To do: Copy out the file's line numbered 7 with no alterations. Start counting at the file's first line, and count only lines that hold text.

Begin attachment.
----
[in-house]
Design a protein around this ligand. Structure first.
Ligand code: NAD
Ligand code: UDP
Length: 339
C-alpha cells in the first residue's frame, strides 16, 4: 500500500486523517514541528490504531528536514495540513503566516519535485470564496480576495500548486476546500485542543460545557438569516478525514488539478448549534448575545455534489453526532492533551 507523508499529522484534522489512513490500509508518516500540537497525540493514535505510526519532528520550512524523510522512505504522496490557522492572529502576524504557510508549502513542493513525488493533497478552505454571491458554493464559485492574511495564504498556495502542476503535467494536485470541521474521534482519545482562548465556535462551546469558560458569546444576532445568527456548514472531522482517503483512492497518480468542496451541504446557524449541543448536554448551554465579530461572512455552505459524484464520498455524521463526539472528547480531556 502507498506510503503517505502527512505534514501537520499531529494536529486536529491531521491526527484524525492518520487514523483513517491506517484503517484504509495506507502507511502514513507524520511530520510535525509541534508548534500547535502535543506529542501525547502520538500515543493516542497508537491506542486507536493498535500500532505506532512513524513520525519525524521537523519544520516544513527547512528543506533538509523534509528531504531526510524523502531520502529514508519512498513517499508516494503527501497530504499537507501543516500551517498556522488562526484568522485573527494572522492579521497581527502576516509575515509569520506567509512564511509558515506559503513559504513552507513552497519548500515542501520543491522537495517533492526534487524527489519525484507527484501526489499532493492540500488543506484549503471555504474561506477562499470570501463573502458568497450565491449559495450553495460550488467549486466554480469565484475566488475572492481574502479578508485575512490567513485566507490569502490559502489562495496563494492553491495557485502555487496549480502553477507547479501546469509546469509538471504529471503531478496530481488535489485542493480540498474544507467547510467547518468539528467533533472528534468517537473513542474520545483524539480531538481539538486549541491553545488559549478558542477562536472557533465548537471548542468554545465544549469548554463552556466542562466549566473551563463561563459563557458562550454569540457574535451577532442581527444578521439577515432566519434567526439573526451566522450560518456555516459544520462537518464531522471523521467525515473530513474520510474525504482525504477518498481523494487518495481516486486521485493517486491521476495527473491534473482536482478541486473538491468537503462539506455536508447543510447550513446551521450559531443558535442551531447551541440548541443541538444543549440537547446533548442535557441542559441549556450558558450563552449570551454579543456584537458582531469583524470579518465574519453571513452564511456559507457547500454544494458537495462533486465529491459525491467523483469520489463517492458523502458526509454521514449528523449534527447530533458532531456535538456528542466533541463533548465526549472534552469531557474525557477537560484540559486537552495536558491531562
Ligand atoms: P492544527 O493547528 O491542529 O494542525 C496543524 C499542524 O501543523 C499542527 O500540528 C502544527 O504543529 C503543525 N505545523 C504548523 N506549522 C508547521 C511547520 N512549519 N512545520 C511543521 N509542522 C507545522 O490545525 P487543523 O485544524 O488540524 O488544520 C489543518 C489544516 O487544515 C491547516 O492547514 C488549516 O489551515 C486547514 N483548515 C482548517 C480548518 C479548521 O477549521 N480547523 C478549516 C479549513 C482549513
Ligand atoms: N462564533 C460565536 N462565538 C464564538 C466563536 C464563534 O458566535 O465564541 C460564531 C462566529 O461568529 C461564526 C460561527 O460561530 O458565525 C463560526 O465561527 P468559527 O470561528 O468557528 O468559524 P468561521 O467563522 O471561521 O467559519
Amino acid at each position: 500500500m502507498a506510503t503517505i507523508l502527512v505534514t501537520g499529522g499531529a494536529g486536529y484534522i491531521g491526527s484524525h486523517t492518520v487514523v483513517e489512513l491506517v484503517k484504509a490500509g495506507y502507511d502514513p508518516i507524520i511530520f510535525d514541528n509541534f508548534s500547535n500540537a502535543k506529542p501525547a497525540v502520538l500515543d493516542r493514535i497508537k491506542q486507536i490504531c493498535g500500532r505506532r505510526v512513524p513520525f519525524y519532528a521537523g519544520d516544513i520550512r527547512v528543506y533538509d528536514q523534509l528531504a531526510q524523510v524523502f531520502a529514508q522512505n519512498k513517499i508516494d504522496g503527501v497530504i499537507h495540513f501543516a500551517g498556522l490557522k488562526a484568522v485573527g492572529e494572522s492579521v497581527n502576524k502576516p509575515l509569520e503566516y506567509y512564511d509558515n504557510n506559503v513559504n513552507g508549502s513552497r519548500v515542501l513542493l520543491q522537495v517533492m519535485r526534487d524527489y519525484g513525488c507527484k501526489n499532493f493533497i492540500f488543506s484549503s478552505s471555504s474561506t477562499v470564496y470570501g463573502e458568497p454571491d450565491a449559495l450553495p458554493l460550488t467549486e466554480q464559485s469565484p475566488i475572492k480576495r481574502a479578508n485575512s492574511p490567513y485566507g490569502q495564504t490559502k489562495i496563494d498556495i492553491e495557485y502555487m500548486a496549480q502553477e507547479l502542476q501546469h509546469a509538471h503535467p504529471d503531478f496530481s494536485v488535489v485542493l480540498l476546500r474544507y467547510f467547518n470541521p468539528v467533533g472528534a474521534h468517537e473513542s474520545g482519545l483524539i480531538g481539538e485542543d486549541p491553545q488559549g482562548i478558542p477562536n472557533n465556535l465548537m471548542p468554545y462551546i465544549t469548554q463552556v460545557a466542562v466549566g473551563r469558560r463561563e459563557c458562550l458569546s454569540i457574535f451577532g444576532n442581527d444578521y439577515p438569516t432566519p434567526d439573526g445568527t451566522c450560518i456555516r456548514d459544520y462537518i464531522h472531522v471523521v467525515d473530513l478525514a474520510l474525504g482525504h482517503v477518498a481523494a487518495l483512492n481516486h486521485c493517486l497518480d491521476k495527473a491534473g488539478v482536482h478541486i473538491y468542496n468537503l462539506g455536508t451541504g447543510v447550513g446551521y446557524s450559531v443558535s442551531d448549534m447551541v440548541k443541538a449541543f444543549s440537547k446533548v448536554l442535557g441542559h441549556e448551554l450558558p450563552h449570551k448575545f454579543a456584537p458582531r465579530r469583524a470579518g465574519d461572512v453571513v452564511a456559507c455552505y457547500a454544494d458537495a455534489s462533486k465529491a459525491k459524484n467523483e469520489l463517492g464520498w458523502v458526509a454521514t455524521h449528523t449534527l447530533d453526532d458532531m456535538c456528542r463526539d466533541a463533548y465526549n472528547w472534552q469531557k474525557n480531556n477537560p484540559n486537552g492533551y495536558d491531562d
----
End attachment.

Ligand atoms: P492544527 O493547528 O491542529 O494542525 C496543524 C499542524 O501543523 C499542527 O500540528 C502544527 O504543529 C503543525 N505545523 C504548523 N506549522 C508547521 C511547520 N512549519 N512545520 C511543521 N509542522 C507545522 O490545525 P487543523 O485544524 O488540524 O488544520 C489543518 C489544516 O487544515 C491547516 O492547514 C488549516 O489551515 C486547514 N483548515 C482548517 C480548518 C479548521 O477549521 N480547523 C478549516 C479549513 C482549513